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A workshop of interest to healthcare workers and infection control practitioners (ICPs). Infection Connection will provide useful information on infection control challenges.

Topics include:

  • Managing TB Exposures in the Healthcare Setting (Dr. Matthew Muller, PhD, MD)
  • Safe Injection Practices (Dr. Maureen Cividino, MD, CCFP, FCFP, DOHS, CCBOM, CIC)
  • Hepatitis C Management (Tracy Hobson, RN, BScN, BScHK)
  • Fecal Transplant for Relapsing C. difficile (Dr. Michael Silverman, MD, FRCP, FACP)
  • Managing Microbes for Health (Emma Allen-Vercoe, BSc (Hons), PhD)
  • Urinary Tract Infections (Anne Augustin, MLT, CIC)
  • Updates from Wellington-Dufferin-Guelph Public Health (Diane Wallace, MSc, MSc, MLT, CIC) and Public Health Ontario (WWICN and CWICN Network Coordinator)

Download the full agenda (PDF, 1 page).

Workshop details

  • Date and time: Thursday, October 1, 2015 from 9 a.m. –  3:30 p.m.  (Registration, networking, and continental breakfast begin at 8:15 a.m.)
  • Fee: $50
  • Lakeside Church, 7654 Conservation Road, Guelph, ON  N1H 6J1
  • Please register by Friday, September 18, 2015

Download the registration form (PDF, 2 pages)

Environment Canada is forecasting high heat this weekend and may issue a heat warning for Sunday and Monday. Environment Canada issues heat warnings when forecasted temperatures are expected to be at least 31ᵒC and overnight temperatures are above 20ᵒC for two days or the humidex is at least 40 for two days.

To monitor this forecast, check your local weather daily:

It’s important to have a plan to stay cool on these hot days. Listed below are some things to consider in your plan:

  • Drink plenty of water
  • Avoid sun exposure
  • Reschedule outdoor activities during cooler parts of the day
  • Check on older family, friends, and neighbours
  • Block sun out by closing awnings, curtains, and blinds during the day
  • Take a break from the heat by spending a few hours in a cool place (like a tree-shaded area, swimming facility or an air conditioned shopping mall, grocery store, community centre, place of worship, or public library)

There are some simple steps you can take to help you prepare for heat all summer long:

  • Tune in regularly to local weather forecasts and alerts so you know when to take extra care.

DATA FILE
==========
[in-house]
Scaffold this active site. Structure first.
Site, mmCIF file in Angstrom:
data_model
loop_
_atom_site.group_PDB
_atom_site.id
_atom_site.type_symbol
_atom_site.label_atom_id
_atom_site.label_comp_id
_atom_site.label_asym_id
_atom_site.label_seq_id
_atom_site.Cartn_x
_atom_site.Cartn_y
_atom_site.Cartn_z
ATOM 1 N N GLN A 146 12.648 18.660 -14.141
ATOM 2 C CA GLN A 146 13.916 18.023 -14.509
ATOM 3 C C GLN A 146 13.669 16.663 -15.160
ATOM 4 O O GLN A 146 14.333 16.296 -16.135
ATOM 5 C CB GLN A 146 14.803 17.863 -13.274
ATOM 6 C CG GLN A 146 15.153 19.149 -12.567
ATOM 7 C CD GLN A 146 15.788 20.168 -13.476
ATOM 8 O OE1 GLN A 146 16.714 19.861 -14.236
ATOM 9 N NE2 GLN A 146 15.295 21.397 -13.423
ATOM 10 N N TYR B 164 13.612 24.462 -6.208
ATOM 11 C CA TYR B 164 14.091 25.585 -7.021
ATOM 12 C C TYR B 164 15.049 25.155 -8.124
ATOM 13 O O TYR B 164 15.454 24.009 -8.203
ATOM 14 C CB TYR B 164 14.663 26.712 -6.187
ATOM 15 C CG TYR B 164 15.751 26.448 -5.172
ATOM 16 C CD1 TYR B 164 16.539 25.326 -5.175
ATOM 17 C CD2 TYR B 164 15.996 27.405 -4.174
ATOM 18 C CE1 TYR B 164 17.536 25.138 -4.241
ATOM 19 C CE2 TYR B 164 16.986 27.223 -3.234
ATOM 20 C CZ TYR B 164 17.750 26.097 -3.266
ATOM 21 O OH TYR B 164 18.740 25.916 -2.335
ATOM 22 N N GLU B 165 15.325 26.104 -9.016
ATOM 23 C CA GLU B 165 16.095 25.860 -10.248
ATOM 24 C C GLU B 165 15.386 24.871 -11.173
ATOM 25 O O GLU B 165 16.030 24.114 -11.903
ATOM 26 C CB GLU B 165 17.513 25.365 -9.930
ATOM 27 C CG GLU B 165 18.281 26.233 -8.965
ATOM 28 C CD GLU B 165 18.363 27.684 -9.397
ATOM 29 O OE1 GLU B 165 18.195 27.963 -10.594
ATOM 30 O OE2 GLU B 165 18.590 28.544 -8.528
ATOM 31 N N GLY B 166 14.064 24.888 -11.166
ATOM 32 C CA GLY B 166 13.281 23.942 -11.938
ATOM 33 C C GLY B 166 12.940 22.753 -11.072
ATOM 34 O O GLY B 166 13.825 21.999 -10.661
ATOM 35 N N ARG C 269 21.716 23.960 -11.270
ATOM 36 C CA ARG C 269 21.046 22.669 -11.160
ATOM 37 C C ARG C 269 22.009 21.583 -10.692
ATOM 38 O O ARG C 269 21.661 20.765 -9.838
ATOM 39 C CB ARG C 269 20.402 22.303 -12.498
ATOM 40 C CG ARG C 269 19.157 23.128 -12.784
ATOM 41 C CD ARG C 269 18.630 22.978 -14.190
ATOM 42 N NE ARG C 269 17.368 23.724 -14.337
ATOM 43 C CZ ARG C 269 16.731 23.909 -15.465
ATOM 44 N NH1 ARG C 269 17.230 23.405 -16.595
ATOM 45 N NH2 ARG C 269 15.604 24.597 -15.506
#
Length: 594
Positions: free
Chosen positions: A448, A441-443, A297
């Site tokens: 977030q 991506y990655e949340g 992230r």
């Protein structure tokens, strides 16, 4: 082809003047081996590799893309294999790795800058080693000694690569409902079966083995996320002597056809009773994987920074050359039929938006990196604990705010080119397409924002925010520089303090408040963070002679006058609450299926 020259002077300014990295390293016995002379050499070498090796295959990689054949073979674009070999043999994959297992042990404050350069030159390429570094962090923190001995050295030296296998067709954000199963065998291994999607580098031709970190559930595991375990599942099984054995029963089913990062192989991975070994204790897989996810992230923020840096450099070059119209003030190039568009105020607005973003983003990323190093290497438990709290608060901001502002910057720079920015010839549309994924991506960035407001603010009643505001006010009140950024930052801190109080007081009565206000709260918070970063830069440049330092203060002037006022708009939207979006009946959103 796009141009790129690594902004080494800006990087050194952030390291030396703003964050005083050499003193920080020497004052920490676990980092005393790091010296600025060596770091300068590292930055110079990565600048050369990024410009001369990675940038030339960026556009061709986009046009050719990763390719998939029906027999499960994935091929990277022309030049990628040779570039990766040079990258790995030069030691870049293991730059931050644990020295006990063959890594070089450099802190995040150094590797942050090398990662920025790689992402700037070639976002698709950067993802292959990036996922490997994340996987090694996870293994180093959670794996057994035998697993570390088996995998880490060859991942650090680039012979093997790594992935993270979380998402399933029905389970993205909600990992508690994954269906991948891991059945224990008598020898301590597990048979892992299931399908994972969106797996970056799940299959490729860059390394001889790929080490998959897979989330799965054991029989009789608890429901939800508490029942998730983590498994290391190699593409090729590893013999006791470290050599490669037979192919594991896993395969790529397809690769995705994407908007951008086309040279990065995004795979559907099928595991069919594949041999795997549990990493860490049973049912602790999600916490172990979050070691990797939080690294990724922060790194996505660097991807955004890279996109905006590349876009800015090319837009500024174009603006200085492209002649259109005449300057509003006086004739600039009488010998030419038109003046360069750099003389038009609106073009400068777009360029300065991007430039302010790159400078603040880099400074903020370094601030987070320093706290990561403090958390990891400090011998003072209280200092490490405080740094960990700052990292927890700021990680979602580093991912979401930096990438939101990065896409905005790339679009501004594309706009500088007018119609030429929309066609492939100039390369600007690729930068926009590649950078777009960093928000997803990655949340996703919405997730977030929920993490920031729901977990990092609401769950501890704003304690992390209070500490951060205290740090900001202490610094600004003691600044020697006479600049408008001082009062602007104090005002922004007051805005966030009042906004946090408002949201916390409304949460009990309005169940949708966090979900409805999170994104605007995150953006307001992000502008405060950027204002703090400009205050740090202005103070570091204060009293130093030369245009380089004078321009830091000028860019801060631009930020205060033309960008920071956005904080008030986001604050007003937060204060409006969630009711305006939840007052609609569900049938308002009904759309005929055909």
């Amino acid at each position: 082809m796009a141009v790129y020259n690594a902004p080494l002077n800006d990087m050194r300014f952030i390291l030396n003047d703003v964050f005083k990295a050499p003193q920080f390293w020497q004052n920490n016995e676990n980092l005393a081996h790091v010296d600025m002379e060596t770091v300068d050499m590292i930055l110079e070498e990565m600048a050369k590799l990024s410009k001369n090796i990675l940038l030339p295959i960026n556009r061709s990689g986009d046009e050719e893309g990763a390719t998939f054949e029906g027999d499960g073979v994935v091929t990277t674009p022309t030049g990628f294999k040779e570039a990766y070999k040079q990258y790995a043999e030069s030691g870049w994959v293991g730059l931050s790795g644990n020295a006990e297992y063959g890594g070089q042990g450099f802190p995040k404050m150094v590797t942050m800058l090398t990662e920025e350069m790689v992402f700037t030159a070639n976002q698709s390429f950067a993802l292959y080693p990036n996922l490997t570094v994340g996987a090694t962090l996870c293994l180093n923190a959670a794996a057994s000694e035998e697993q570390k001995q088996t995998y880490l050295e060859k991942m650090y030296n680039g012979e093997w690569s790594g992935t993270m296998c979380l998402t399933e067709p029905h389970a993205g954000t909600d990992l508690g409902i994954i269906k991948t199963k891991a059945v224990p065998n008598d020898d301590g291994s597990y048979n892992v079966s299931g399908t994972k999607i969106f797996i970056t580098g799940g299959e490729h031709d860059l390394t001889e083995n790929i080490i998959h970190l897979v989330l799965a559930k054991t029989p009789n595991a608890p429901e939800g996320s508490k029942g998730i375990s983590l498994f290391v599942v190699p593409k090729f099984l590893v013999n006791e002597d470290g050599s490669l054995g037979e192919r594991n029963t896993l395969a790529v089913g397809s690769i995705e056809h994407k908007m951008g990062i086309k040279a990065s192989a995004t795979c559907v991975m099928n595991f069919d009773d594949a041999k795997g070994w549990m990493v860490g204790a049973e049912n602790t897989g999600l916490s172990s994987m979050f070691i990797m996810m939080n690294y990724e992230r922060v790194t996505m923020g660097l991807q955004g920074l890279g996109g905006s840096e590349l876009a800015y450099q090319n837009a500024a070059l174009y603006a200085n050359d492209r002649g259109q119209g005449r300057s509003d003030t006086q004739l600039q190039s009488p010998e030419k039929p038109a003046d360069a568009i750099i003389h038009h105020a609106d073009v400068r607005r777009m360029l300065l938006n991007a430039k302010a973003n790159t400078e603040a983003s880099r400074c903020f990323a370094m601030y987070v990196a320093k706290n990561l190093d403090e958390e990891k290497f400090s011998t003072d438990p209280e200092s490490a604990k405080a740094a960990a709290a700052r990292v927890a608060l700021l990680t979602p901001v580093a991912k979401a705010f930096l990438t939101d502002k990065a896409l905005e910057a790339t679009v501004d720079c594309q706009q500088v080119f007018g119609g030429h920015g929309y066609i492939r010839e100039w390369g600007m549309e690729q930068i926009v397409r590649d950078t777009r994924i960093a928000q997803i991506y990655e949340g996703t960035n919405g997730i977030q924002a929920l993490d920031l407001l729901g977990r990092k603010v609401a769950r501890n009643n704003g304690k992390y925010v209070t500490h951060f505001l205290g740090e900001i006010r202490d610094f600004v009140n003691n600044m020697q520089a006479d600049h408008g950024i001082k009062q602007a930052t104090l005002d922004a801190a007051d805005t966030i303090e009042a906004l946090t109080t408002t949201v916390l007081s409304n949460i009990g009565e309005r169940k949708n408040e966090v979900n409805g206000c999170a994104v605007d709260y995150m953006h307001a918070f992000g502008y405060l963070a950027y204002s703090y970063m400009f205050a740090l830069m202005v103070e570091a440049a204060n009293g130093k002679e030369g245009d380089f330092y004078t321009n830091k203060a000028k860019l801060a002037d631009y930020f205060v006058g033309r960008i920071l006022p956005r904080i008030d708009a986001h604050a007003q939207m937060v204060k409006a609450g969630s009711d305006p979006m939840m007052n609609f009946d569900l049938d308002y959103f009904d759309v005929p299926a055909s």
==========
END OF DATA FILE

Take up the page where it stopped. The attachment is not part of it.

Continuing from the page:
• Arrange for regular visits by family, neighbours or friends during very hot days in case you need help.
  • Find ways to keep cool before the hot weather starts. If you have an air conditioner, make sure it works properly. Find an air-conditioned spot close by where you can cool off for a few hours on very hot days.
  • Have cool drinks in your vehicle and keep your gas tank topped up.

For more information, visit:

Our offices and clinics will be closed on Monday, August 3 for the Civic Holiday. Regular services resume Tuesday, August 4.

Environment Canada is forecasting high heat for several parts of southwestern Ontario this weekend, and has issued its first heat warning of the season.

Environment Canada issues heat warnings when forecasted temperatures are expected to be at least 31ᵒC and overnight temperatures are above 20ᵒC for two days or longer or the humidex is at least 40 for two days or longer.

Everyone is at risk from heat, especially older adults; infants and young children; and people with chronic illnesses.

To monitor this forecast, check your local weather daily:

It’s important to have a plan to stay cool on these hot days. Listed below are some things to consider in your plan:

  • Drink plenty of cool liquids before feeling thirsty
  • Avoid sun exposure
  • Reschedule outdoor activities during cooler parts of the day
  • Check on older family, friends and neighbours
  • Block sun out by closing awnings, curtains and blinds during the day
  • Take a break from the heat by spending a few hours in a cool place (like a tree-shaded area, swimming facility or an air conditioned shopping mall, grocery store, community centre, place of worship or public library)

There are some simple steps you can take to help you prepare for heat all summer long:

  • Tune in regularly to local weather forecasts and alerts so you know when to take extra care.
  • Arrange for regular visits by family, neighbours or friends during very hot days in case you need help.
  • Find ways to keep cool before the hot weather starts. If you have an air conditioner, make sure it works properly. Find an air-conditioned spot close by where you can cool off for a few hours on very hot days.
  • Have cool drinks in your vehicle and keep your gas tank topped up.

For more information, visit:

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